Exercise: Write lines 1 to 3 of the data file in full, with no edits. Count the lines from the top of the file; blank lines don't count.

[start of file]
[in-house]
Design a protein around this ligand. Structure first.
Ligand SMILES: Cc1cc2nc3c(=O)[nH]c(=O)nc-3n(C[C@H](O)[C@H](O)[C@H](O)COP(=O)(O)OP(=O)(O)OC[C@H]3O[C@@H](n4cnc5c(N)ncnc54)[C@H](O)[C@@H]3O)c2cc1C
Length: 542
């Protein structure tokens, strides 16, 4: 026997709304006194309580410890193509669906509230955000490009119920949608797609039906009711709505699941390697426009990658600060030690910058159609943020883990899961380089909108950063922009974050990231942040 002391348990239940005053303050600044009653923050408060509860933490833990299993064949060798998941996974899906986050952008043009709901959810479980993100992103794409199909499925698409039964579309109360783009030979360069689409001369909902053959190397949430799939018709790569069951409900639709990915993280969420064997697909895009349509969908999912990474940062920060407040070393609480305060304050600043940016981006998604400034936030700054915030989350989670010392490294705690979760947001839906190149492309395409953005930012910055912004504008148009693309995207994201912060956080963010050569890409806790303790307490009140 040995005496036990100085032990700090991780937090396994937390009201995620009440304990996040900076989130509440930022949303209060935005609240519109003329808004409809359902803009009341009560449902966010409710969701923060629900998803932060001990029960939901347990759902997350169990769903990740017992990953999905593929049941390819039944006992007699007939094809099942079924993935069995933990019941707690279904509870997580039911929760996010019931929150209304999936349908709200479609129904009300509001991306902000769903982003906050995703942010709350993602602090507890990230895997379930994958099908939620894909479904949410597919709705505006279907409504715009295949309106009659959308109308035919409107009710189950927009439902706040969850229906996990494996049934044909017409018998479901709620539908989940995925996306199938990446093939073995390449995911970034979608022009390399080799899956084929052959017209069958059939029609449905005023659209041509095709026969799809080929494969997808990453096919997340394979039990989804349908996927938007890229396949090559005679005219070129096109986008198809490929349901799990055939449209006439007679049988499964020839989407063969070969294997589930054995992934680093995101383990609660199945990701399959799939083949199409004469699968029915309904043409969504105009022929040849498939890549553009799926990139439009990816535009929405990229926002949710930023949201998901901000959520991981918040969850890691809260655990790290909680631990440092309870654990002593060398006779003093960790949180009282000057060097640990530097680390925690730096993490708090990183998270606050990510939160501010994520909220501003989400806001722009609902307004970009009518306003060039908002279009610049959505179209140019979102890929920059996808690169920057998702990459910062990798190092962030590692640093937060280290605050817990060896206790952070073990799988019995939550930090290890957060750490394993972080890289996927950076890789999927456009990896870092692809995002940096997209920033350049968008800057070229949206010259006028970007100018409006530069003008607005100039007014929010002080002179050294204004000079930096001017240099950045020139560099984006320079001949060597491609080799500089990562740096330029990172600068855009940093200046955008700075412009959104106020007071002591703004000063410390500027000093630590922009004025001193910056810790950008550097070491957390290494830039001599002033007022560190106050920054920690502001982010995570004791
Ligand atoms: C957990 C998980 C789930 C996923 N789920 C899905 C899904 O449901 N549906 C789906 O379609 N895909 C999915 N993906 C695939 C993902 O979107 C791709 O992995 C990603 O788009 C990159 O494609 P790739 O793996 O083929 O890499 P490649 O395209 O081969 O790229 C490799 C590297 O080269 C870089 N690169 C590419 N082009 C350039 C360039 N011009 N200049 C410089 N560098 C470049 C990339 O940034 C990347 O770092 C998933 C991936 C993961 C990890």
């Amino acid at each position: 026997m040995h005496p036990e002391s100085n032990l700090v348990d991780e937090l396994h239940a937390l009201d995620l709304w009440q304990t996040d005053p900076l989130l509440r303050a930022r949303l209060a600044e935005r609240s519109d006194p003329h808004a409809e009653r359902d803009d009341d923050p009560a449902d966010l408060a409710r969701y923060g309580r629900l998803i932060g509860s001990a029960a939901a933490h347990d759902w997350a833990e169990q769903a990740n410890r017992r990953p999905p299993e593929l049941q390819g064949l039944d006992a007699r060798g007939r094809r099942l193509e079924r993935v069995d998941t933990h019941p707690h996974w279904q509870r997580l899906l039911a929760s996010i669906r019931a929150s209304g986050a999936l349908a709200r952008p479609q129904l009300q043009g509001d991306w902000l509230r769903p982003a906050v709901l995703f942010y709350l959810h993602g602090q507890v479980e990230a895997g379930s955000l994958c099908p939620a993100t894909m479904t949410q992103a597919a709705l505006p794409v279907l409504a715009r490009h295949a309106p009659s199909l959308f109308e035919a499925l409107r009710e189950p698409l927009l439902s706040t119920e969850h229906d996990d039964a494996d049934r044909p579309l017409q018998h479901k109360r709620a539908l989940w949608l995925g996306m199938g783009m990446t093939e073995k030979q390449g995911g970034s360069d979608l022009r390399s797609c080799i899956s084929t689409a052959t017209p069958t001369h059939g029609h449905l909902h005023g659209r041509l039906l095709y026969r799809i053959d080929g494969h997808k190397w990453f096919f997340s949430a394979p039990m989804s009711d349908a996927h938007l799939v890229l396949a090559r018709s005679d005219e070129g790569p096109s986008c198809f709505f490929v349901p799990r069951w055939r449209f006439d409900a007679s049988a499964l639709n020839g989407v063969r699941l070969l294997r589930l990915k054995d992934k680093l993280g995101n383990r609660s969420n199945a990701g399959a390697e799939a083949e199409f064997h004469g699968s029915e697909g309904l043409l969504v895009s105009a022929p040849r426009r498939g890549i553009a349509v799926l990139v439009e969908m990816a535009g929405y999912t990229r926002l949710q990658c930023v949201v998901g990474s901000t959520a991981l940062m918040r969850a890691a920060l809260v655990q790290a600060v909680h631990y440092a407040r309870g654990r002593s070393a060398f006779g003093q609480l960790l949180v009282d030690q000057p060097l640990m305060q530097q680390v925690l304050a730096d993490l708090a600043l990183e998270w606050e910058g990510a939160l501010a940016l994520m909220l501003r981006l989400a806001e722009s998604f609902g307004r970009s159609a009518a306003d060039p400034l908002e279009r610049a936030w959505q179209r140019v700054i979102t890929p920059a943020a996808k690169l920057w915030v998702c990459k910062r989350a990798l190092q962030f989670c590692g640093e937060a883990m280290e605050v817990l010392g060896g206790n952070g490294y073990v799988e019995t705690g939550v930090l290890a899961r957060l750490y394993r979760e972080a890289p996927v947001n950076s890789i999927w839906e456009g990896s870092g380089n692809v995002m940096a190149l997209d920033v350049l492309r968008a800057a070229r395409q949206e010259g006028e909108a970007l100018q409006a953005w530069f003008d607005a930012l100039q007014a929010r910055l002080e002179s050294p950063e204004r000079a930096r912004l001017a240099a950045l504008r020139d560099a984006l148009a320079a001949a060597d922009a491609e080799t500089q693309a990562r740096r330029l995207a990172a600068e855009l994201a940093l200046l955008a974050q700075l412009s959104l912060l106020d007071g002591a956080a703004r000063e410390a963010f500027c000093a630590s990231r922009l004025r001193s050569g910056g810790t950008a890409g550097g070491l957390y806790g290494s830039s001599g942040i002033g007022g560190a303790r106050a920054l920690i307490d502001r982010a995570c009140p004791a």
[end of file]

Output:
[in-house]
Design a protein around this ligand. Structure first.
Ligand SMILES: Cc1cc2nc3c(=O)[nH]c(=O)nc-3n(C[C@H](O)[C@H](O)[C@H](O)COP(=O)(O)OP(=O)(O)OC[C@H]3O[C@@H](n4cnc5c(N)ncnc54)[C@H](O)[C@@H]3O)c2cc1C